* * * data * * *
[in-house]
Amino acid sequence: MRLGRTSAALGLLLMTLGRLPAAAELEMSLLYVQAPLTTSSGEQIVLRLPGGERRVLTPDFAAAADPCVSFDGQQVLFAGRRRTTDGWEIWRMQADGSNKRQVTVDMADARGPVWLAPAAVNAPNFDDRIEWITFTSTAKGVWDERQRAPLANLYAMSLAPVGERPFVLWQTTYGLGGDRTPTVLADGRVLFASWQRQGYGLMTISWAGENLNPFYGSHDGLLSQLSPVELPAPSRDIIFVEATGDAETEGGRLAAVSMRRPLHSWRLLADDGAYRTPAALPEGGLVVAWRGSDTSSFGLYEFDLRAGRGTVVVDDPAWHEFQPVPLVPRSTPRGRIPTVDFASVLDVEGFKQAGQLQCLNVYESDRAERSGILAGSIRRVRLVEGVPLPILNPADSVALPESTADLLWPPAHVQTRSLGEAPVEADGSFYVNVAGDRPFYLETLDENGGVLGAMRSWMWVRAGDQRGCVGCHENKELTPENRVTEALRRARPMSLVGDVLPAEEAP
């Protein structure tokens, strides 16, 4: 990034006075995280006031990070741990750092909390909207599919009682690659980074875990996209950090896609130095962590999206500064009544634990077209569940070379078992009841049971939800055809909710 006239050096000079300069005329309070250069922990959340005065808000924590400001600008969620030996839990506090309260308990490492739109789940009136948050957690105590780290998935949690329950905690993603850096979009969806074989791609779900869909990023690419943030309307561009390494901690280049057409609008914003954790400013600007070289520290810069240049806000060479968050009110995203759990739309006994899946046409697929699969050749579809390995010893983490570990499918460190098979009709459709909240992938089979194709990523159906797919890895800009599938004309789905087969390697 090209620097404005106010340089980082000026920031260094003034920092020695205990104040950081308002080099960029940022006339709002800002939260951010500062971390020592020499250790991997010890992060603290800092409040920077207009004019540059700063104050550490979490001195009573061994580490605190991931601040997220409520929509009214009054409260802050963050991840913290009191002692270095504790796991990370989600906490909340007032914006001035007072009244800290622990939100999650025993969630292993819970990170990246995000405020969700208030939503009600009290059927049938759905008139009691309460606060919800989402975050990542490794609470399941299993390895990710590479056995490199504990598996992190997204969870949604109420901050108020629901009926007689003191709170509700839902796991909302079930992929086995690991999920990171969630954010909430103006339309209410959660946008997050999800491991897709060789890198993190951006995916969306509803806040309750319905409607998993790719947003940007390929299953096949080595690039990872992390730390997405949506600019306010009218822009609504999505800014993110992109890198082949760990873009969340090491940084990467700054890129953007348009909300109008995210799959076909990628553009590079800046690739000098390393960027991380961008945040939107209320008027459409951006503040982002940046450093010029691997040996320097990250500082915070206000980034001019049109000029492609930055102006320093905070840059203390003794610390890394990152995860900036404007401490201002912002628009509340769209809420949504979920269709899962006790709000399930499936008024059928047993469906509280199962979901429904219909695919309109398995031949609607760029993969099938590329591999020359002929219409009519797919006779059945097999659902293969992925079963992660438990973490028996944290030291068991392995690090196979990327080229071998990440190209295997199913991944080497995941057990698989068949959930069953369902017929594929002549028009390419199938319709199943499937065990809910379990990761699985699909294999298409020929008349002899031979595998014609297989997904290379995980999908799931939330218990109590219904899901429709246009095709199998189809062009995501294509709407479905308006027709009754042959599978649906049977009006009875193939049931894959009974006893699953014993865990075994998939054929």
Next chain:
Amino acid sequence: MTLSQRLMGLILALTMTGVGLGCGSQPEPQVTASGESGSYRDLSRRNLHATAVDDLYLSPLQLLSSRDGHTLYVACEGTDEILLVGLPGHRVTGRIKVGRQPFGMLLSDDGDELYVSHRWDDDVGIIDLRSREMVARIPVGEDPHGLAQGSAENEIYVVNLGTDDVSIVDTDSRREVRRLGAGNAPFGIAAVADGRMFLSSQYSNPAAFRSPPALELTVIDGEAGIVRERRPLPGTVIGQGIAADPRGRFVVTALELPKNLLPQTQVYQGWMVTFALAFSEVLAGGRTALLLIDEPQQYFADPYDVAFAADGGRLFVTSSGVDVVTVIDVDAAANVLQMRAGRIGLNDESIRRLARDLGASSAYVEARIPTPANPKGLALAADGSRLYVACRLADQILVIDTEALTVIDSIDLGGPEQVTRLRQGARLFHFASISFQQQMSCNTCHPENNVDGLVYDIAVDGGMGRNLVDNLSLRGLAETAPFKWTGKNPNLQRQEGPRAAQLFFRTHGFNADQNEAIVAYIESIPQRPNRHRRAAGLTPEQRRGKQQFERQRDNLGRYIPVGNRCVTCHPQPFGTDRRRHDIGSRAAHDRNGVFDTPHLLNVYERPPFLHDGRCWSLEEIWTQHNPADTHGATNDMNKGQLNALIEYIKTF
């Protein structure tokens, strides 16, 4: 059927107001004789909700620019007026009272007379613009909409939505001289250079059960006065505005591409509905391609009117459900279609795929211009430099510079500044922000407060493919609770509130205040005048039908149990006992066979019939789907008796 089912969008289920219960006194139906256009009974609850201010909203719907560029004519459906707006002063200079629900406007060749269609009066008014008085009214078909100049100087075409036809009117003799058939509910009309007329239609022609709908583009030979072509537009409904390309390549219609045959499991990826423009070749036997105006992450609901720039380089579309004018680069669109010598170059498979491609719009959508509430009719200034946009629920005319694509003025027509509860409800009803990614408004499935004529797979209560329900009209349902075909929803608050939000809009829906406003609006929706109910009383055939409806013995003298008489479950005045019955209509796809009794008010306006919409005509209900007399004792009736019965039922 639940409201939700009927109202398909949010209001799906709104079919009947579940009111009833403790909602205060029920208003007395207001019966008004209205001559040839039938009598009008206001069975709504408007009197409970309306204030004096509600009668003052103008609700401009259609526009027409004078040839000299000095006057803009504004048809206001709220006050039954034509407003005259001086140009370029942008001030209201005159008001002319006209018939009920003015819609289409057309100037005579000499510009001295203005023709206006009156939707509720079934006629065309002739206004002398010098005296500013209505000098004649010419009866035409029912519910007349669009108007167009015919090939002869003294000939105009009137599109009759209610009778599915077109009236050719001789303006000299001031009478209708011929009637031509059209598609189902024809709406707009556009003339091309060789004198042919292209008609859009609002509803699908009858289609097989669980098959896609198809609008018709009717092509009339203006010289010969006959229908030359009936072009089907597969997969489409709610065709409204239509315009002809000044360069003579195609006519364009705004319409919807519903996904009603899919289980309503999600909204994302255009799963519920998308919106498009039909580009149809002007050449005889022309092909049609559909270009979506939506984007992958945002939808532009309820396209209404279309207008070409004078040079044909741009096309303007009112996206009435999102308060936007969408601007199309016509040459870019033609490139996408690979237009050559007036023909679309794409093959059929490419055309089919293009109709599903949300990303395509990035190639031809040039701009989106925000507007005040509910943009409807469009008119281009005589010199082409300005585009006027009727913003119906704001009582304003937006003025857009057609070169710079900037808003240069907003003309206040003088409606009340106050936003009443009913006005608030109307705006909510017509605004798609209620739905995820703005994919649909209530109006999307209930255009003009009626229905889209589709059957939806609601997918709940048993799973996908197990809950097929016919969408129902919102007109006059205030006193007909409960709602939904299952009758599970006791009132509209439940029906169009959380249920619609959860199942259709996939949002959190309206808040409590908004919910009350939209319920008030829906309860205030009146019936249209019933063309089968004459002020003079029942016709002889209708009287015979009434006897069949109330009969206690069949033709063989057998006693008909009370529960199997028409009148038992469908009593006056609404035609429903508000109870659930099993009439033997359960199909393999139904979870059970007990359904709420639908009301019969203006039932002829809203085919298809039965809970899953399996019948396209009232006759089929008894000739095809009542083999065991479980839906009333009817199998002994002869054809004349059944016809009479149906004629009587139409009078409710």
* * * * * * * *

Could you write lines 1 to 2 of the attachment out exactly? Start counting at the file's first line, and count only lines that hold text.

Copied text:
[in-house]
Amino acid sequence: MRLGRTSAALGLLLMTLGRLPAAAELEMSLLYVQAPLTTSSGEQIVLRLPGGERRVLTPDFAAAADPCVSFDGQQVLFAGRRRTTDGWEIWRMQADGSNKRQVTVDMADARGPVWLAPAAVNAPNFDDRIEWITFTSTAKGVWDERQRAPLANLYAMSLAPVGERPFVLWQTTYGLGGDRTPTVLADGRVLFASWQRQGYGLMTISWAGENLNPFYGSHDGLLSQLSPVELPAPSRDIIFVEATGDAETEGGRLAAVSMRRPLHSWRLLADDGAYRTPAALPEGGLVVAWRGSDTSSFGLYEFDLRAGRGTVVVDDPAWHEFQPVPLVPRSTPRGRIPTVDFASVLDVEGFKQAGQLQCLNVYESDRAERSGILAGSIRRVRLVEGVPLPILNPADSVALPESTADLLWPPAHVQTRSLGEAPVEADGSFYVNVAGDRPFYLETLDENGGVLGAMRSWMWVRAGDQRGCVGCHENKELTPENRVTEALRRARPMSLVGDVLPAEEAP